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Huskies fall behind and rally once again, this time in time to beat Cal State Fullerton

The Washington men’s basketball team climbed out of 13-point hole and shut down Cal State Fullerton in the final minutes for an 84-76 victory.

Following an ill-advised script that’s proved surprisingly successful so far, the Huskies fell into another double-digit deficit early, rallied late and held on for their seventh consecutive home win.

“I’m sick of talking about it,” Washington men’s basketball coach Mike Hopkins said following an 84-76 win over Cal State Fullerton. “It seems like it’s the same story every game. (We) got to have better starts.”

Heading into Tuesday night’s game, Hopkins made a New Year’s resolution for the Huskies. He hoped UW would finally play with resolve and purpose for the entire 40 minutes of its nonconference finale.

“It ended up being 15,” Hopkins bemoaned. “So we’ll move forward and try to get better. I do know we’re a good team. And I know in our league we can win every game we play, and we’re excited that it’s going to start.”

The Huskies (9-4) have trailed at halftime in eight of their 13 games and came from behind to win five times.

Against Cal State Fullerton, Washington went into the break down 42-34.

And things looked bleak for the Huskies early in the second half when the Titans scored on three straight layups to go up 50-37 with 17:13 remaining.

“At halftime (Hopkins) definitely made a point of emphasis to not only be aggressive on offense, but on defense as well,” said sophomore guard Jaylen Nowell, who finished with a team-high 20 points and six assists. “They were getting to a lot of spots that they wanted. We made sure to run them off the line and made sure they didn’t get all the way to the hoop.”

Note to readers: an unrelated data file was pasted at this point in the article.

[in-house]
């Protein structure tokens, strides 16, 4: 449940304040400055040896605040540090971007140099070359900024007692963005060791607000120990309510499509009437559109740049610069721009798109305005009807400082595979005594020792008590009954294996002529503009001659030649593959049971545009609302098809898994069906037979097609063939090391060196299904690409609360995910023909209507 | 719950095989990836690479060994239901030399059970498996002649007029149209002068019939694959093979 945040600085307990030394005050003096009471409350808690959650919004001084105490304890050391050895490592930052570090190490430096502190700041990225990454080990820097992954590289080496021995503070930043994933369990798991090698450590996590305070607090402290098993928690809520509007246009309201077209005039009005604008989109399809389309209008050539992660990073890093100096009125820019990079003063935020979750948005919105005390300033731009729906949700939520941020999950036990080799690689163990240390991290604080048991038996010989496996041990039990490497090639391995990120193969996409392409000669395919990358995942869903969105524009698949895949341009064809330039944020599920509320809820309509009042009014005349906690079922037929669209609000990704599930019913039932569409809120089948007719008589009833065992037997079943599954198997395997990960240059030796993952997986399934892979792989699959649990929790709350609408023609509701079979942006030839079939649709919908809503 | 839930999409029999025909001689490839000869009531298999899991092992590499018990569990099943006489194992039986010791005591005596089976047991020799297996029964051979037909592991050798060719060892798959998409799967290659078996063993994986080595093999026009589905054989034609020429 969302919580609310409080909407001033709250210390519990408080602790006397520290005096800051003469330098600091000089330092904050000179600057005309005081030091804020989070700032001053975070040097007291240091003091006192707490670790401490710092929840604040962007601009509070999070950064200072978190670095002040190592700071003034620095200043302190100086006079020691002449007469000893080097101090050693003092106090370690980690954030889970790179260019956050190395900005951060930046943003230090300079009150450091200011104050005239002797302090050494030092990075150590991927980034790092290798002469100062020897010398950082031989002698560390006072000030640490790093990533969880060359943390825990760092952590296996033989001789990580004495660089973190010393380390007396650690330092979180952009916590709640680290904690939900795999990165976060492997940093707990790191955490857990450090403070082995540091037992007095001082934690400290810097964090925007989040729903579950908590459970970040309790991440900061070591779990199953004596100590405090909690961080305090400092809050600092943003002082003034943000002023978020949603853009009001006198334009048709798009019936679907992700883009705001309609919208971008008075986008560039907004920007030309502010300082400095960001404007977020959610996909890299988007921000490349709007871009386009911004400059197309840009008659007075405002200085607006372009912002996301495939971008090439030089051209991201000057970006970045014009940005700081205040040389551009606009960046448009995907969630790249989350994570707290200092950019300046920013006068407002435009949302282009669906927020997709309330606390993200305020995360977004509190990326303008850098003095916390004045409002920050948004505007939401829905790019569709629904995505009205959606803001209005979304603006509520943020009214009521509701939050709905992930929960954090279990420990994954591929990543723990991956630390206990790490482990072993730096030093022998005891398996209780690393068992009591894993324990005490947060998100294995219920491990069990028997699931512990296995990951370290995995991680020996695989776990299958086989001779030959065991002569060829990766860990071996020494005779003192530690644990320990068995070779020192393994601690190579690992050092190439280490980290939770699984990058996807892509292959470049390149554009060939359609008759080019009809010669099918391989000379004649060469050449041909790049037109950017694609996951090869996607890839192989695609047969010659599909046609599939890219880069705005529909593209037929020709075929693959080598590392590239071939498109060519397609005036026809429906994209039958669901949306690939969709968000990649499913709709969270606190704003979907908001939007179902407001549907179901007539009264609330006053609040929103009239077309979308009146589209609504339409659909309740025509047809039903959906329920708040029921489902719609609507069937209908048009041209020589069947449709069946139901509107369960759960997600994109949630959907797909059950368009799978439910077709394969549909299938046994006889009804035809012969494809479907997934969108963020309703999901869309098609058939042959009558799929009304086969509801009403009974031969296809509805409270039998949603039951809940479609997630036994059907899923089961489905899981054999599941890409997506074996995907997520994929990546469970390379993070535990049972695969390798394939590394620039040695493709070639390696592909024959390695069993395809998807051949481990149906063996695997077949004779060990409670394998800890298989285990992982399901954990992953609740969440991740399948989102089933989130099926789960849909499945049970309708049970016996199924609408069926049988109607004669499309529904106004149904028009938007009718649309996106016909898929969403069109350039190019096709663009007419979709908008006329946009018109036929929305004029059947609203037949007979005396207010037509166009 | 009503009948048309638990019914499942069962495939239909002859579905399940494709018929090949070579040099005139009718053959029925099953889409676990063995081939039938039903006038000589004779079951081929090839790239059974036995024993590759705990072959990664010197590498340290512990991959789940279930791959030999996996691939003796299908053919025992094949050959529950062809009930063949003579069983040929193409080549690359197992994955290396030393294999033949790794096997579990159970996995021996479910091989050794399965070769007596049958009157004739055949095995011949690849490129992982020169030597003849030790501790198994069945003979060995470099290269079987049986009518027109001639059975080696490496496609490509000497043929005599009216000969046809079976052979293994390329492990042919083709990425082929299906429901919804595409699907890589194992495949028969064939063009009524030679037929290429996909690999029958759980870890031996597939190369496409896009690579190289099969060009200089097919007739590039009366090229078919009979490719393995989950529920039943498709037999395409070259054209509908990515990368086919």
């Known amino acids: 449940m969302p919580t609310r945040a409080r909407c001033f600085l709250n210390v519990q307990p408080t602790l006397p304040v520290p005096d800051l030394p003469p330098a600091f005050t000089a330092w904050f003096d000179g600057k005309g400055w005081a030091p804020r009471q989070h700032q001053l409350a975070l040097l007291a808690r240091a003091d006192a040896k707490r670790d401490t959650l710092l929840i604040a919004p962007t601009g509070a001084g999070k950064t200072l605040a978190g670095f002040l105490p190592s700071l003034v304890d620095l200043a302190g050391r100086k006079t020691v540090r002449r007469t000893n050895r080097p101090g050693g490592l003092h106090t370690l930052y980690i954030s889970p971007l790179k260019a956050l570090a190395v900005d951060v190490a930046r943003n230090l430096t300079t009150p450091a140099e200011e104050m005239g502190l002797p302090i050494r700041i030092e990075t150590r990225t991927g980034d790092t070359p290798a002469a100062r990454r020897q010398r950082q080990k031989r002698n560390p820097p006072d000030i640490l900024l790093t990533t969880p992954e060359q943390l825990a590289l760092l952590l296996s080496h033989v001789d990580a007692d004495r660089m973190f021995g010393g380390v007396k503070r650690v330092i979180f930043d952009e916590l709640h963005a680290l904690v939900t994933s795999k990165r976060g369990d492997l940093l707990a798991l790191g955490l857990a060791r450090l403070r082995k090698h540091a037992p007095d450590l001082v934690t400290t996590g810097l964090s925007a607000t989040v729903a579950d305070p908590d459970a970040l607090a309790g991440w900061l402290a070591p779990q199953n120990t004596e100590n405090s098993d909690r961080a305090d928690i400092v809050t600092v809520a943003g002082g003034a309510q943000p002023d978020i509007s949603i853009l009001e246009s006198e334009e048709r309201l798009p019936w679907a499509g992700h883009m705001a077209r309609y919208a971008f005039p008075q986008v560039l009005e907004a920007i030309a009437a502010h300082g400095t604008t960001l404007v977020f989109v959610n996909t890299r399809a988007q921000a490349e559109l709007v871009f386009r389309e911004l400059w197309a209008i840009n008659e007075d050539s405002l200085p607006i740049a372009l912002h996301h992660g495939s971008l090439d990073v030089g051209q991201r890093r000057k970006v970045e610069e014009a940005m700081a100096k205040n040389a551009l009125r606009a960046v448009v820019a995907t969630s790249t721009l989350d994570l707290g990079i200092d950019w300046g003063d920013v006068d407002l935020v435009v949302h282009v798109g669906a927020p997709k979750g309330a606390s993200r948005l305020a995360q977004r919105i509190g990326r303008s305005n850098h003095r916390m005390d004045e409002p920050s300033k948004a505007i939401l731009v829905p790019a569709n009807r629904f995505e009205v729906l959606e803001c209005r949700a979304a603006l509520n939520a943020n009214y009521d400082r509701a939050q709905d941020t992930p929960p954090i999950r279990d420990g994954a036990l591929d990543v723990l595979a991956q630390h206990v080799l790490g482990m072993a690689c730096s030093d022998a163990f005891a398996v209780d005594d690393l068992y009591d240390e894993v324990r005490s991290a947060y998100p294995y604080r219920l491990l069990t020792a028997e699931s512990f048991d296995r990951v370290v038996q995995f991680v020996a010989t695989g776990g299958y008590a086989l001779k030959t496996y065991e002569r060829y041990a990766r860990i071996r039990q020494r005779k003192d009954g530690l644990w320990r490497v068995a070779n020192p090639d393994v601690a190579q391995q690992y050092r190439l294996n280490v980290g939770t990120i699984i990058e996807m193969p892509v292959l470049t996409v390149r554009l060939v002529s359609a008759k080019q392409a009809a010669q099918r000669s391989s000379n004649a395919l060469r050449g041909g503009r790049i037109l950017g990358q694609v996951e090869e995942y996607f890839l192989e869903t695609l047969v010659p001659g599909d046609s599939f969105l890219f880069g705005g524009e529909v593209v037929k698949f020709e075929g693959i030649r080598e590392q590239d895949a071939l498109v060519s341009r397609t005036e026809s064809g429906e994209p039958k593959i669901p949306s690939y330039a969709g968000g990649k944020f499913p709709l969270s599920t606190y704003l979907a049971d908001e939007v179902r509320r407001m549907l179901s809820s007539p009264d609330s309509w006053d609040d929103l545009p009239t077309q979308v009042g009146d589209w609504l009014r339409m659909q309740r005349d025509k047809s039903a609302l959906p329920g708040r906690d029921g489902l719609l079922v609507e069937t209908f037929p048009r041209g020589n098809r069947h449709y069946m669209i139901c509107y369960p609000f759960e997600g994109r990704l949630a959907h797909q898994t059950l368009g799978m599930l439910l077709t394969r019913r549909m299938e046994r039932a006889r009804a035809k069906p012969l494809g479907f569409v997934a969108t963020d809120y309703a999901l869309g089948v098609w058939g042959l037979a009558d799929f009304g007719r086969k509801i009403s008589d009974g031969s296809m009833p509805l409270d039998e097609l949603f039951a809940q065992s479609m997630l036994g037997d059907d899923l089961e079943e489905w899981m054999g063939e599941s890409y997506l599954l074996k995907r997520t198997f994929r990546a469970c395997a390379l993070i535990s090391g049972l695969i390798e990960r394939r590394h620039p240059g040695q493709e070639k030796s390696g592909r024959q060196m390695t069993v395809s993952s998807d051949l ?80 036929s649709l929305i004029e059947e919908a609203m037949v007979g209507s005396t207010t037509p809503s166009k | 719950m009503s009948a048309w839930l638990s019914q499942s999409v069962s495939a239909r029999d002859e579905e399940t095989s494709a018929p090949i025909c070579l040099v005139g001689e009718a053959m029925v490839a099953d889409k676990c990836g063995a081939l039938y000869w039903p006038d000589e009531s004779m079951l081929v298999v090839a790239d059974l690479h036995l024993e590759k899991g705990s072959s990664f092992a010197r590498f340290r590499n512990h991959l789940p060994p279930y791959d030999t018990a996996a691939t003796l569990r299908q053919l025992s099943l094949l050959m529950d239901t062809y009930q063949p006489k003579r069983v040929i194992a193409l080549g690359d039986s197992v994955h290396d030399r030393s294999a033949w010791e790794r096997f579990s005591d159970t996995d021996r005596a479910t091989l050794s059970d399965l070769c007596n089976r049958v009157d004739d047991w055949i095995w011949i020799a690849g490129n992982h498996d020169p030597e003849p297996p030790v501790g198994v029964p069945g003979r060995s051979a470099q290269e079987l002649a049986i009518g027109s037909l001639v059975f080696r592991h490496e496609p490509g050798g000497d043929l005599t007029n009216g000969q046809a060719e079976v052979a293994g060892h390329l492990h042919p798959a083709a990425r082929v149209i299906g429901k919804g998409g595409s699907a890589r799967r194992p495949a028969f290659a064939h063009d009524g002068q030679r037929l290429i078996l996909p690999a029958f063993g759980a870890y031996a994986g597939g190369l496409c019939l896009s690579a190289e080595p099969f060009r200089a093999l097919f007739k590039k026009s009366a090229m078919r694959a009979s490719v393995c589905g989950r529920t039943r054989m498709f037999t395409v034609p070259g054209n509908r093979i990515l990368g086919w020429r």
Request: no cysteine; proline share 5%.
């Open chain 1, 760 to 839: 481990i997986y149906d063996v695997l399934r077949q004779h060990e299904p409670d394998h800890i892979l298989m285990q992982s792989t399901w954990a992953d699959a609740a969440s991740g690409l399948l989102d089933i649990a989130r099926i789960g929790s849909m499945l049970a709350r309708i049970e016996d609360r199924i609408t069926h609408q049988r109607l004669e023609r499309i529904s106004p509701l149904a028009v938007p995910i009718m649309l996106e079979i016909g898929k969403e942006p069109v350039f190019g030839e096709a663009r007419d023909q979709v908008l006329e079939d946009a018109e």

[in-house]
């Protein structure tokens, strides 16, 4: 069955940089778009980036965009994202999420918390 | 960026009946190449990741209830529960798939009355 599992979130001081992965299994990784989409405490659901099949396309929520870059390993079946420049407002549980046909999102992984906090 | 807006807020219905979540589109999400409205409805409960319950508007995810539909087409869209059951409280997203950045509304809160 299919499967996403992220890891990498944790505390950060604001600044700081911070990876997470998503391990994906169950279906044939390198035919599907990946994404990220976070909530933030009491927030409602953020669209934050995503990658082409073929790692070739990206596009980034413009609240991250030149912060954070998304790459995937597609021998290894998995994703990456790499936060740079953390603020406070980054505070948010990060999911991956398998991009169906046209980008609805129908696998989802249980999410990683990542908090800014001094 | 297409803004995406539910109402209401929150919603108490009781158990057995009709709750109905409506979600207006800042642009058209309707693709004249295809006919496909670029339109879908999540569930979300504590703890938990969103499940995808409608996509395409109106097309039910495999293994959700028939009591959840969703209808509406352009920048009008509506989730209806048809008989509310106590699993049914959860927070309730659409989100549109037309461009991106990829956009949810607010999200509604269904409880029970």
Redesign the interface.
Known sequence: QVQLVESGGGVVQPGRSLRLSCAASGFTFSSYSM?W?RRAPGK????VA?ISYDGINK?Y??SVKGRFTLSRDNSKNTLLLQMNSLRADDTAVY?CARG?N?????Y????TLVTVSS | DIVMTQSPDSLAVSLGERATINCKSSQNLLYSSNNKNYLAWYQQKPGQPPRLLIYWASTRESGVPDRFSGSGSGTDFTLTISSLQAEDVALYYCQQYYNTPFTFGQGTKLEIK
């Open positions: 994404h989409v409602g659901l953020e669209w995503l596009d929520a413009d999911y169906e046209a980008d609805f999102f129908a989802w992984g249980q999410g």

Down 13 points, the Huskies used an 18-5 run to turn the momentum and get the crowd of 5,038 at Alaska Airlines Arena into the game.

David Crisp capped the comeback on wild sequence in which he had a layup blocked, which resulted in a scramble for the loose ball as players dived for the ball.

Noah Dickerson made the recovery and flipped a pass while lying on his back to Crisp who drained a three-pointer to tie the score at 55-55.

Minutes later, Nahziah Carter gave the Huskies their first lead since the opening minutes when he sank a midrange jumper and a free throw for a 60-59 lead.

“It’s no coincidence that whenever we go on our runs and the energy is going and the crowd is into it … we’re getting stops,” said Crisp, who had 11 points on 4-for-8 shooting. “We’re running. There’s flow. We’re moving the ball. Guys are taking good shots. We’re getting good looks at the rim.

“The defense started to swell up, and we’re getting more and more stops. That was definitely a big turning point.”

Another key factor for the Huskies is making three-point shots, which has been a problem this season.

Washington converted just 6 of 21 behind the arc on Tuesday, but each one felt like a dagger.

Tied 66-66, Dominic Green drained a three-pointer in the corner to give Washington the lead for good. His basket began an 18-10 run for the Huskies.

Washington had six players score in double digits, including Dickerson (16 points), Matisse Thybulle (13), Carter (10) and Green (10).

Khalil Ahmad scored 28 points, Jackson Rowe had 22 and Kyle Allman Jr. 15 for the Titans, which fell to 4-10.

The Huskies outscored the Titans 50-34 in the second half.

“Some days we come out kind of sluggish, but we end up picking it up,” Nowell said. “But we definitely need to start figuring out to how to start games the way we finish.”

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